PATERSON, N.J. - The discovery by police of a "heroin mill" in Paterson resulted in the indictment of six people, including five from the city, on several first-degree crimes that carry sentences of up to 20 years in prison, authorities said today. 

State Attorney General Christopher Porrino, in announcing the indictments, said the charges are the result of a State Police investigation. He said the indicted individuals are accused of operating a heroin distribution facility from which they planned to distribute large amounts of the drug. 

The grand jury charging the following defendants with second-degree conspiracy, first-degree maintaining a heroin production facility, first-degree possession of heroin with intent to distribute and other related offenses: 

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  • Marino Pimentel-Tejada, 35, of Paterson, 
  • Antoipis Pimentel-Tejada, 30, of Paterson, 
  • Isamar Batista, 26, of West New York, 
  • Yinsys Pimentel-Tejada, 27, of  Paterson, 
  • Manuel Garcia-Tejada, 30, of Paterson and 
  • Nuris Dominguez-Lara, 34, of Paterson.

Porrino said another Paterson man, Robert Grady, 40, was charged with second-degree possession of heroin with intent to distribute and possession of methamphetamine.  

The attorney general said Marino Pimentel-Tejada and Grady were arrested on June 1 following a probe by the State Police Trafficking North Bureau "targeting the alleged distribution of large quantities of heroin in the Paterson area by a ring allegedly controlled by Marino Pimentel-Tejada."  

Porrino said Marino Pimentel-Tejada and Grady were found with 135 bricks of heroin when detectives arrested them inside a vehicle driven by Grady on 28th Street in Paterson. He explained that a brick of heroin consists of about 50 single-dose glassines in a bundle. Police also found several methamphetamine on Grady, Porrino said. 

Police then executed search warrants for Marino Pimentel-Tejada’s residence in the 1100 block of East 24th Street in Paterson as well as his vehicle, said the attorney general. He said the other five defendants were in Marino’s residence when State Police executed the warrant.  

Inside, detectives "discovered a heroin milling operation, including a table overflowing with glassines containing heroin, as well as numerous boxes containing empty glassines," Porrino said. "The State Police seized approximately 79 grams of raw heroin, 3,791 glassines of heroin, grinders, sifters, a digital scale, empty glassines, and other packaging materials from the residence." 

Marino’s car was found to contain more than $20,000 in cash, a handgun and a shotgun inside a concealed hydraulic compartment, according to Porrino. He said detectives seized more than 300 grams of heroin and more than $55,000 in cash in the bust. 

 “When we take down a heroin mill such as the one dismantled in this case, we know we have struck deeper into the supply pipeline and have arrested large-scale suppliers,” said Porrino in his statement. “Heroin is a scourge that is claiming far too many lives in New Jersey, and we will aggressively prosecute anyone who profits by selling this agent of death and misery into our communities.”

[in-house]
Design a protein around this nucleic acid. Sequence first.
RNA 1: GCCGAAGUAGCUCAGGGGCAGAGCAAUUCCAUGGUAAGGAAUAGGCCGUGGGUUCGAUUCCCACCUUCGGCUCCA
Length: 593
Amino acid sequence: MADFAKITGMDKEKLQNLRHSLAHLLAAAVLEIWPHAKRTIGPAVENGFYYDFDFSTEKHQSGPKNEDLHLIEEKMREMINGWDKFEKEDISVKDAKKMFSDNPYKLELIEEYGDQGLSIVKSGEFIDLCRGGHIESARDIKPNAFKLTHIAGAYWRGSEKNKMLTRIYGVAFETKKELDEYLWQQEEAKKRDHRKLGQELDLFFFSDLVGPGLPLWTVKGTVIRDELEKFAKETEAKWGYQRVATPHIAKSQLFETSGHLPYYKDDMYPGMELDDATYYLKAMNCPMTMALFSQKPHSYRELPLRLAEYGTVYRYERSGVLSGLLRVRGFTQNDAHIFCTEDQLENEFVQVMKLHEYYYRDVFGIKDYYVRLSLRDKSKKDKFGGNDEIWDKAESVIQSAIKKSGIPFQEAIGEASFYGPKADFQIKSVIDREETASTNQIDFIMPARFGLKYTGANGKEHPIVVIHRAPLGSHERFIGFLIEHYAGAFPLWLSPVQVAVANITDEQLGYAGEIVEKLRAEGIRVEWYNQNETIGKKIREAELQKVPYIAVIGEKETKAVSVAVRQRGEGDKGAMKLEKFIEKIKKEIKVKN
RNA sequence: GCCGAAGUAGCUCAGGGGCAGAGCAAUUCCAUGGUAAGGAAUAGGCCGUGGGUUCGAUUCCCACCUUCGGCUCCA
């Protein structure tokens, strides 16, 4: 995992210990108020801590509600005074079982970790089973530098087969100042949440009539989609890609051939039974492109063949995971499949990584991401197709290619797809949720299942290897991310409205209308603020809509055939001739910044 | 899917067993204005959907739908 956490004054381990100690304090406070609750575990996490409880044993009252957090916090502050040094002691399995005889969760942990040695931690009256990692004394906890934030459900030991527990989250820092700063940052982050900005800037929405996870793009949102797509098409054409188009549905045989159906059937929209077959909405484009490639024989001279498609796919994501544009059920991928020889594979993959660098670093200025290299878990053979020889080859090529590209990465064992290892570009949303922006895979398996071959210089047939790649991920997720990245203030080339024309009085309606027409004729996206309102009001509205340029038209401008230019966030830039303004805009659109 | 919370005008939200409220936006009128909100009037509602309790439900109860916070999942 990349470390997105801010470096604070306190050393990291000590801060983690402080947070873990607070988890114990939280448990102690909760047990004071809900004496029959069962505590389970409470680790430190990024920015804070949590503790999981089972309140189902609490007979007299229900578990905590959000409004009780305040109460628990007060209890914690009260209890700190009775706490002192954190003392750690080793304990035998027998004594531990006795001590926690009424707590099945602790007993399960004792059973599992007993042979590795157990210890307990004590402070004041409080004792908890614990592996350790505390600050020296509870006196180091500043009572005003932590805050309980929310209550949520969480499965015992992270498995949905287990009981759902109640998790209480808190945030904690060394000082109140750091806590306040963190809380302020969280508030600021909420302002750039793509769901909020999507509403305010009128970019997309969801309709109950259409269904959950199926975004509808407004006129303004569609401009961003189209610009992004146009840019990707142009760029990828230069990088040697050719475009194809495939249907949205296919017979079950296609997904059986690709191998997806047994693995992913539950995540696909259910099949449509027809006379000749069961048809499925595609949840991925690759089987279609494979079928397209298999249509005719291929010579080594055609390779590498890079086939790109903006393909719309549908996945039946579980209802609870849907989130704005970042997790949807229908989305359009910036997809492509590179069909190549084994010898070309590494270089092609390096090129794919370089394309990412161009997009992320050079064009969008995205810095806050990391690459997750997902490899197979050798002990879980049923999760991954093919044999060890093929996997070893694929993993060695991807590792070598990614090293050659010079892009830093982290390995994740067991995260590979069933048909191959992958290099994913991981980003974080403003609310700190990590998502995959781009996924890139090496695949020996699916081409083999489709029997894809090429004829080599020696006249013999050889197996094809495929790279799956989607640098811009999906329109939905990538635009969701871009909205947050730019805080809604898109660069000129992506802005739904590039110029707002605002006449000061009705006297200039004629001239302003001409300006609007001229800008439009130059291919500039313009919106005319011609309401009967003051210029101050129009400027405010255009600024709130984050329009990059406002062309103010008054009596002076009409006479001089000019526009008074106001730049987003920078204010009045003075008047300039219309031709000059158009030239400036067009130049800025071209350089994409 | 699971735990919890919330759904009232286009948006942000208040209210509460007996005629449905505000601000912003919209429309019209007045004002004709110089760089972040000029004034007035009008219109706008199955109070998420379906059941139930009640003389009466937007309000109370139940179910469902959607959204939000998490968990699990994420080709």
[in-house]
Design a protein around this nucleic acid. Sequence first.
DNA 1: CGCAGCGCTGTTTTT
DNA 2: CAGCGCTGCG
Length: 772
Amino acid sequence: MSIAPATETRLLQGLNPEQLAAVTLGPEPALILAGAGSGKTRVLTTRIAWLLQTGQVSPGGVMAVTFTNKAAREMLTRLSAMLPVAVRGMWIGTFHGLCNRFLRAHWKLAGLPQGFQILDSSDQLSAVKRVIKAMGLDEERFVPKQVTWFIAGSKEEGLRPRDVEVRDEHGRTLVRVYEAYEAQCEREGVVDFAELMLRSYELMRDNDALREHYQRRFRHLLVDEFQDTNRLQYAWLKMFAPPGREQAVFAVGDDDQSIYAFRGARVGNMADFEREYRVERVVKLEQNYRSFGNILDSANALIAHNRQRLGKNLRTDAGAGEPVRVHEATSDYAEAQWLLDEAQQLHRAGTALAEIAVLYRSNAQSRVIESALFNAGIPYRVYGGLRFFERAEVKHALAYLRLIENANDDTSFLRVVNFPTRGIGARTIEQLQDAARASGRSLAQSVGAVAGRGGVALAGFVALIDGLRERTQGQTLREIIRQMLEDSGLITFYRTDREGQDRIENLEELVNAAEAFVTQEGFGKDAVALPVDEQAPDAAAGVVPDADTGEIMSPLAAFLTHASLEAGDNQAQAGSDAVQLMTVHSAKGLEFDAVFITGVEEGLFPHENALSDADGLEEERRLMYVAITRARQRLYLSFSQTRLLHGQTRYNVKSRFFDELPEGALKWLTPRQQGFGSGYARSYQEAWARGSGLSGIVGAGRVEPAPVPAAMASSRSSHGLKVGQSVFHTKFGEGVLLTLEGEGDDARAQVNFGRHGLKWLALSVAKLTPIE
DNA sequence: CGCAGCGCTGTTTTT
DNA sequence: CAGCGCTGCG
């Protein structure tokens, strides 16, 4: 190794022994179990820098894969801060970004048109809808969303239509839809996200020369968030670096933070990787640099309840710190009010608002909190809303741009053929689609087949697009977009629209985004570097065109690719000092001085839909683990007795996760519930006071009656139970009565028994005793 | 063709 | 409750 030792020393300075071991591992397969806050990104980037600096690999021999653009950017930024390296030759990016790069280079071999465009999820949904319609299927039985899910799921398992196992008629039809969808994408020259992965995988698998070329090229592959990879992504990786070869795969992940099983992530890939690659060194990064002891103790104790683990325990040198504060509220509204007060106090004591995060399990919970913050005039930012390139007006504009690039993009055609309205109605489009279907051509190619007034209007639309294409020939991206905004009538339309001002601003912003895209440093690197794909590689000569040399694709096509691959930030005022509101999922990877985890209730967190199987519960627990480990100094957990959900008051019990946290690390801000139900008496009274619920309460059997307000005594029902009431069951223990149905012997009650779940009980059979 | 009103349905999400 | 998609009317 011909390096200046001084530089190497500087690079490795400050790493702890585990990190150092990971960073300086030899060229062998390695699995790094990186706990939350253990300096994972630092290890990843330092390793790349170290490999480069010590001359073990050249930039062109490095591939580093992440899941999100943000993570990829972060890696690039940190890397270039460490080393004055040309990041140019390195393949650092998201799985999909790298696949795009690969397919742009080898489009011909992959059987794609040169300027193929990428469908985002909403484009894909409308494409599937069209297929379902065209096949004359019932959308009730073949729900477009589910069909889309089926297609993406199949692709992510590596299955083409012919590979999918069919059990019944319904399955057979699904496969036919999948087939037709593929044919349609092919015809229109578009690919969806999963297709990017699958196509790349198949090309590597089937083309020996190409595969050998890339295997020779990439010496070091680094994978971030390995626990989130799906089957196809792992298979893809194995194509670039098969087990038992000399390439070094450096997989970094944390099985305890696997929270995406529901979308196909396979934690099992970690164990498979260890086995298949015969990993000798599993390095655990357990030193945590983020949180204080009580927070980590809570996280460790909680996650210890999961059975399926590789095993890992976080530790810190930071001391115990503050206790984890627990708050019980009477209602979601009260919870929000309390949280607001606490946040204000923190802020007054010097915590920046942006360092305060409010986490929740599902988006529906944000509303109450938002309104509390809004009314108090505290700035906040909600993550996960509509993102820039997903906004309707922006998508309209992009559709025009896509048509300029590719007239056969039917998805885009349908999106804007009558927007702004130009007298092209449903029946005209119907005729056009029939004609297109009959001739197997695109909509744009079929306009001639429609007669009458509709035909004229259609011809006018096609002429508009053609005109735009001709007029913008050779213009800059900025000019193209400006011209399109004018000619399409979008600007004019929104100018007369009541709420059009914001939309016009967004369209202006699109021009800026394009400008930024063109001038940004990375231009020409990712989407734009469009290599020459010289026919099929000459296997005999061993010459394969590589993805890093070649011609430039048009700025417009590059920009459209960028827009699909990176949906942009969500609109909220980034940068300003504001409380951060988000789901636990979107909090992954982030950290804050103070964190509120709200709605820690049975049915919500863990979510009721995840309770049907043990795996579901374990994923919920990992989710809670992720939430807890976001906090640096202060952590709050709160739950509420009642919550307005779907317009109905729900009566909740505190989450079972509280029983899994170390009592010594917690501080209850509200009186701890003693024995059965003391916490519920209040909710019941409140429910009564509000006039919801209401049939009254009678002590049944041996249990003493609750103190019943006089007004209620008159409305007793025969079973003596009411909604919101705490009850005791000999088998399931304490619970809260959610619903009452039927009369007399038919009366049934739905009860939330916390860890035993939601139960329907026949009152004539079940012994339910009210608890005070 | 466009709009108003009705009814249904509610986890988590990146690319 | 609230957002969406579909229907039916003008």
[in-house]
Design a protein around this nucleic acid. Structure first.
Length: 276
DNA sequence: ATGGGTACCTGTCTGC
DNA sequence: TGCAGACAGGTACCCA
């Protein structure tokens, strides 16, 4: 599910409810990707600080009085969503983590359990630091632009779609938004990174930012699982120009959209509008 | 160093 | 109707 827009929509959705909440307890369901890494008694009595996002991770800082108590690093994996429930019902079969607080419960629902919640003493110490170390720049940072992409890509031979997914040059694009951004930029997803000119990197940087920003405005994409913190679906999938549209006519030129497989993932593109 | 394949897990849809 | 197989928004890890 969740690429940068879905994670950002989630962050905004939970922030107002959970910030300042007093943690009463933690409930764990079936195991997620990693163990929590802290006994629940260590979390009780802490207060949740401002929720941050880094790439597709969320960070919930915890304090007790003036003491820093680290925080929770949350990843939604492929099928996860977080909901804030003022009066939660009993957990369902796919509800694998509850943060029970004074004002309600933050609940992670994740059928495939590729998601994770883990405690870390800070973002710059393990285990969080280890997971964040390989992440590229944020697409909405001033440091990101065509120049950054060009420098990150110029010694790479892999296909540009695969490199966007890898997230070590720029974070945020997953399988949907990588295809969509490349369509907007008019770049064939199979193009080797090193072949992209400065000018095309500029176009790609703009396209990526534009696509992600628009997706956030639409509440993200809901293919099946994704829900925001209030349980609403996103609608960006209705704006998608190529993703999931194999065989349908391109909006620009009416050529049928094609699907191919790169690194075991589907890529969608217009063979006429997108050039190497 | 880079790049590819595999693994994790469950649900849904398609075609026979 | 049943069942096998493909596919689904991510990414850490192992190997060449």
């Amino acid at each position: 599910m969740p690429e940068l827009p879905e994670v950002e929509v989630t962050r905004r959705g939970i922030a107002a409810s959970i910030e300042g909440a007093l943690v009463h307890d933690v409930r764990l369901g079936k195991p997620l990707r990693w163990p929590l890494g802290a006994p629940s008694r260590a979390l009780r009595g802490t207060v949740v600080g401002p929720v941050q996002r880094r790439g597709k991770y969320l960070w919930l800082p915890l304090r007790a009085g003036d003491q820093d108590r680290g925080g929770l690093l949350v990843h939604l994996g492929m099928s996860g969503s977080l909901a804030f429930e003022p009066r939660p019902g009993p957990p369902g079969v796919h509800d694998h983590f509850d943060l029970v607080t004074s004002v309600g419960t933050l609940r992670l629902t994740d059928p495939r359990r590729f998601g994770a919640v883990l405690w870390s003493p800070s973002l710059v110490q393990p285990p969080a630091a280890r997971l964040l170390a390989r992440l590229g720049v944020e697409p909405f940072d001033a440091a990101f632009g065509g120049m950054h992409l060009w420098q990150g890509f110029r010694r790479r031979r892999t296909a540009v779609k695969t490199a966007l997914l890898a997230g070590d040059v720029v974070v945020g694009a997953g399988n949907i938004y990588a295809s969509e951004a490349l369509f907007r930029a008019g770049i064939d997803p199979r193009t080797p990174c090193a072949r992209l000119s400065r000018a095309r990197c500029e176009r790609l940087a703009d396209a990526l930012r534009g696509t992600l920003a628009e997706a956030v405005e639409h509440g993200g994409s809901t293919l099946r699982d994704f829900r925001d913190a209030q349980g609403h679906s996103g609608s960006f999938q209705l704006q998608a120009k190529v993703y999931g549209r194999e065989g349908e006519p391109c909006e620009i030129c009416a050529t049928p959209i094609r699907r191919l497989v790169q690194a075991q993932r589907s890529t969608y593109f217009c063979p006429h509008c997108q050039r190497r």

Division of Criminal Justice Director Elie Honig said Paterson is "a major hub for heroin distribution, with many drug users and suppliers coming from across the northern suburbs of New Jersey to obtain heroin in the city.” He vowed that the division will “continue to work with the New Jersey State Police and other law enforcement partners to disrupt this deadly commerce.” 

State Police Superintendent Col. Rick Fuentes pointed out that heroin in cities is commonly at the root of violence. “All too often, these mills are not only responsible for manufacturing the poison that is heroin, but they are responsible for the violence that goes hand-in hand with drug trafficking,” he said. “We will continue to shut these mills down, arrest those responsible, and work with our partners to ensure successful prosecution.” 

Porrino said Marino Pimental-Tejada was also charged with second-degree possession of a weapon in the course of committing a drug offense, second-degree unlawful possession of a handgun and third-degree unlawful possession of a shotgun. "In addition, he and each of the other defendants face third-degree heroin possession charges, and all except Grady face a charge of third-degree money laundering," said the attorney general. 

He said Deputy Attorney General Brandy Malfitano presented the case to the state grand jury for the Division of Criminal Justice Gangs & Organized Crime Bureau.  Porrino praised the detectives of the New Jersey State Police Trafficking North Bureau for their investigation. 

He said the first-degree heroin charges carry a sentence of 10 to 20 years in prison, with a fine of up to $500,000 for the possession with intent charge and up to $750,000 for the production facility charge. Second-degree charges carry a sentence of five to 10 years in prison and a fine of up to $150,000, while third-degree charges carry a sentence of three to five years in prison and a fine of up to $15,000, Porrino added. 

The indictment was handed up to state Superior Court Judge Peter Warshaw in Mercer County. He assigned the case to Passaic County, where the defendants will be ordered to appear in court at a later date for arraignment, said Porrino.